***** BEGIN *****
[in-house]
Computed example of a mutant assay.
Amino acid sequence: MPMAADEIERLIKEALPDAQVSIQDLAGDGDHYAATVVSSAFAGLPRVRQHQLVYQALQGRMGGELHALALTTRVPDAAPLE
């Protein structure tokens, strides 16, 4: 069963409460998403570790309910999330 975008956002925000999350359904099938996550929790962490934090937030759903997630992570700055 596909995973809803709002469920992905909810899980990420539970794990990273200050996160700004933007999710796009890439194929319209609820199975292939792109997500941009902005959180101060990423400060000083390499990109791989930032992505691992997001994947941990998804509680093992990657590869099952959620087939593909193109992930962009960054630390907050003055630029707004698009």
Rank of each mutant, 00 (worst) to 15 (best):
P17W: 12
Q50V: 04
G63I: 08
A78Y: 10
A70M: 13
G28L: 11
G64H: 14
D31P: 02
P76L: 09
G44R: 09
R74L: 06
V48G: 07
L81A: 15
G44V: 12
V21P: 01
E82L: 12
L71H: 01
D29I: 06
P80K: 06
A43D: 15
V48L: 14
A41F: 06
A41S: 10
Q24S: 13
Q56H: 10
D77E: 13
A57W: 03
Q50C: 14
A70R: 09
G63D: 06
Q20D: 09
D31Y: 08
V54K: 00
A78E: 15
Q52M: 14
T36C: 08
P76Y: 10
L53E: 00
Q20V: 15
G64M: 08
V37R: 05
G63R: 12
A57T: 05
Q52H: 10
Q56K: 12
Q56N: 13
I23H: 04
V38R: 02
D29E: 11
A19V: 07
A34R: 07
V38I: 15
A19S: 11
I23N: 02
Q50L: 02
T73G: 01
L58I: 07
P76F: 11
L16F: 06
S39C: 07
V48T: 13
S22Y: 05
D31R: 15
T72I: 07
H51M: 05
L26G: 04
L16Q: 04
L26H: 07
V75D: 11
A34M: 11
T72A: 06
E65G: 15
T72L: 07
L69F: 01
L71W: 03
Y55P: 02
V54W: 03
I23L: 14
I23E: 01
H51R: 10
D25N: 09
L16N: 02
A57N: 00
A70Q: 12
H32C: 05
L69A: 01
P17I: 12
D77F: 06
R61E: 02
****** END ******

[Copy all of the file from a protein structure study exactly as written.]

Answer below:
[in-house]
Computed example of a mutant assay.
Amino acid sequence: MPMAADEIERLIKEALPDAQVSIQDLAGDGDHYAATVVSSAFAGLPRVRQHQLVYQALQGRMGGELHALALTTRVPDAAPLE
């Protein structure tokens, strides 16, 4: 069963409460998403570790309910999330 975008956002925000999350359904099938996550929790962490934090937030759903997630992570700055 596909995973809803709002469920992905909810899980990420539970794990990273200050996160700004933007999710796009890439194929319209609820199975292939792109997500941009902005959180101060990423400060000083390499990109791989930032992505691992997001994947941990998804509680093992990657590869099952959620087939593909193109992930962009960054630390907050003055630029707004698009």
Rank of each mutant, 00 (worst) to 15 (best):
P17W: 12
Q50V: 04
G63I: 08
A78Y: 10
A70M: 13
G28L: 11
G64H: 14
D31P: 02
P76L: 09
G44R: 09
R74L: 06
V48G: 07
L81A: 15
G44V: 12
V21P: 01
E82L: 12
L71H: 01
D29I: 06
P80K: 06
A43D: 15
V48L: 14
A41F: 06
A41S: 10
Q24S: 13
Q56H: 10
D77E: 13
A57W: 03
Q50C: 14
A70R: 09
G63D: 06
Q20D: 09
D31Y: 08
V54K: 00
A78E: 15
Q52M: 14
T36C: 08
P76Y: 10
L53E: 00
Q20V: 15
G64M: 08
V37R: 05
G63R: 12
A57T: 05
Q52H: 10
Q56K: 12
Q56N: 13
I23H: 04
V38R: 02
D29E: 11
A19V: 07
A34R: 07
V38I: 15
A19S: 11
I23N: 02
Q50L: 02
T73G: 01
L58I: 07
P76F: 11
L16F: 06
S39C: 07
V48T: 13
S22Y: 05
D31R: 15
T72I: 07
H51M: 05
L26G: 04
L16Q: 04
L26H: 07
V75D: 11
A34M: 11
T72A: 06
E65G: 15
T72L: 07
L69F: 01
L71W: 03
Y55P: 02
V54W: 03
I23L: 14
I23E: 01
H51R: 10
D25N: 09
L16N: 02
A57N: 00
A70Q: 12
H32C: 05
L69A: 01
P17I: 12
D77F: 06
R61E: 02